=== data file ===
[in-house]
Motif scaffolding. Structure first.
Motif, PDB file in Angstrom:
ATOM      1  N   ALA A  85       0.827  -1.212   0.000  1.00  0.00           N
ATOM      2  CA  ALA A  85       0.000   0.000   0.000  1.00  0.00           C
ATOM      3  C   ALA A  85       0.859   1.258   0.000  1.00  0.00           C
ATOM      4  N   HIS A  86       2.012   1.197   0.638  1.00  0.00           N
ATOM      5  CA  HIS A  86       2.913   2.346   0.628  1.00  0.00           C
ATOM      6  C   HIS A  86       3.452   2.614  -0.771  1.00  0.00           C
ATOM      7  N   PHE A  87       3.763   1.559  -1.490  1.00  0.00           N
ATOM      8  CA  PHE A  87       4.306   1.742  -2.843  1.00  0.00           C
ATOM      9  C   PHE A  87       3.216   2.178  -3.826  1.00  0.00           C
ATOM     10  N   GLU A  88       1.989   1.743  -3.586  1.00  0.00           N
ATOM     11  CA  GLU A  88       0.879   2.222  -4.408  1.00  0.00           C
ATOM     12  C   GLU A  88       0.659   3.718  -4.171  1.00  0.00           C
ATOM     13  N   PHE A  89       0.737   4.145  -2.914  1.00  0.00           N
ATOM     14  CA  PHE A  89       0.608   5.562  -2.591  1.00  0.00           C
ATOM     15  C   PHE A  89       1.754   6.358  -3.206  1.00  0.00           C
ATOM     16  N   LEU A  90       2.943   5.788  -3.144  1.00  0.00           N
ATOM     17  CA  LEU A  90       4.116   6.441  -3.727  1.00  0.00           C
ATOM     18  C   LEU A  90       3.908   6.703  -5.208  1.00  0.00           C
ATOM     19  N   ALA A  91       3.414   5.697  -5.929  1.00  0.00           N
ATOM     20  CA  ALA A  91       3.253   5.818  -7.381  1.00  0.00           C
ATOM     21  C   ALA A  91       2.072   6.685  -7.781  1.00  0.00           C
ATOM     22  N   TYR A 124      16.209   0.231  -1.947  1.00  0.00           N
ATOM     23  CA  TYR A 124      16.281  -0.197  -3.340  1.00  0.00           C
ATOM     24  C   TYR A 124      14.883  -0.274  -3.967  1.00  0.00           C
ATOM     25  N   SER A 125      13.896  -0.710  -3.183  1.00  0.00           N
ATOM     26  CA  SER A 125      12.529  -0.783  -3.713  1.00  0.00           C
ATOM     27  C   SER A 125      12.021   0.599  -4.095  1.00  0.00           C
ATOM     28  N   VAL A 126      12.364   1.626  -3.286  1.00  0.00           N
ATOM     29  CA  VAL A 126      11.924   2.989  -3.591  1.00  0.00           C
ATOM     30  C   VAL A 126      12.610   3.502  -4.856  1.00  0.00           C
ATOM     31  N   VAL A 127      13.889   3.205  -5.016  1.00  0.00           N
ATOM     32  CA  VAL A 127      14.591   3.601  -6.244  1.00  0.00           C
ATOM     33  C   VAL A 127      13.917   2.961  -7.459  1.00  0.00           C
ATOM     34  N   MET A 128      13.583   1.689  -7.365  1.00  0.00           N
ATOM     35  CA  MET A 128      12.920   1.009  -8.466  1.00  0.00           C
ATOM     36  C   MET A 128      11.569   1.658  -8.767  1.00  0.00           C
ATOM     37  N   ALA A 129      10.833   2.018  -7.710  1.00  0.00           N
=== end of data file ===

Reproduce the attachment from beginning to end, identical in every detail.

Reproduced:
[in-house]
Motif scaffolding. Structure first.
Motif, PDB file in Angstrom:
ATOM      1  N   ALA A  85       0.827  -1.212   0.000  1.00  0.00           N
ATOM      2  CA  ALA A  85       0.000   0.000   0.000  1.00  0.00           C
ATOM      3  C   ALA A  85       0.859   1.258   0.000  1.00  0.00           C
ATOM      4  N   HIS A  86       2.012   1.197   0.638  1.00  0.00           N
ATOM      5  CA  HIS A  86       2.913   2.346   0.628  1.00  0.00           C
ATOM      6  C   HIS A  86       3.452   2.614  -0.771  1.00  0.00           C
ATOM      7  N   PHE A  87       3.763   1.559  -1.490  1.00  0.00           N
ATOM      8  CA  PHE A  87       4.306   1.742  -2.843  1.00  0.00           C
ATOM      9  C   PHE A  87       3.216   2.178  -3.826  1.00  0.00           C
ATOM     10  N   GLU A  88       1.989   1.743  -3.586  1.00  0.00           N
ATOM     11  CA  GLU A  88       0.879   2.222  -4.408  1.00  0.00           C
ATOM     12  C   GLU A  88       0.659   3.718  -4.171  1.00  0.00           C
ATOM     13  N   PHE A  89       0.737   4.145  -2.914  1.00  0.00           N
ATOM     14  CA  PHE A  89       0.608   5.562  -2.591  1.00  0.00           C
ATOM     15  C   PHE A  89       1.754   6.358  -3.206  1.00  0.00           C
ATOM     16  N   LEU A  90       2.943   5.788  -3.144  1.00  0.00           N
ATOM     17  CA  LEU A  90       4.116   6.441  -3.727  1.00  0.00           C
ATOM     18  C   LEU A  90       3.908   6.703  -5.208  1.00  0.00           C
ATOM     19  N   ALA A  91       3.414   5.697  -5.929  1.00  0.00           N
ATOM     20  CA  ALA A  91       3.253   5.818  -7.381  1.00  0.00           C
ATOM     21  C   ALA A  91       2.072   6.685  -7.781  1.00  0.00           C
ATOM     22  N   TYR A 124      16.209   0.231  -1.947  1.00  0.00           N
ATOM     23  CA  TYR A 124      16.281  -0.197  -3.340  1.00  0.00           C
ATOM     24  C   TYR A 124      14.883  -0.274  -3.967  1.00  0.00           C
ATOM     25  N   SER A 125      13.896  -0.710  -3.183  1.00  0.00           N
ATOM     26  CA  SER A 125      12.529  -0.783  -3.713  1.00  0.00           C
ATOM     27  C   SER A 125      12.021   0.599  -4.095  1.00  0.00           C
ATOM     28  N   VAL A 126      12.364   1.626  -3.286  1.00  0.00           N
ATOM     29  CA  VAL A 126      11.924   2.989  -3.591  1.00  0.00           C
ATOM     30  C   VAL A 126      12.610   3.502  -4.856  1.00  0.00           C
ATOM     31  N   VAL A 127      13.889   3.205  -5.016  1.00  0.00           N
ATOM     32  CA  VAL A 127      14.591   3.601  -6.244  1.00  0.00           C
ATOM     33  C   VAL A 127      13.917   2.961  -7.459  1.00  0.00           C
ATOM     34  N   MET A 128      13.583   1.689  -7.365  1.00  0.00           N
ATOM     35  CA  MET A 128      12.920   1.009  -8.466  1.00  0.00           C
ATOM     36  C   MET A 128      11.569   1.658  -8.767  1.00  0.00           C
ATOM     37  N   ALA A 129      10.833   2.018  -7.710  1.00  0.00           N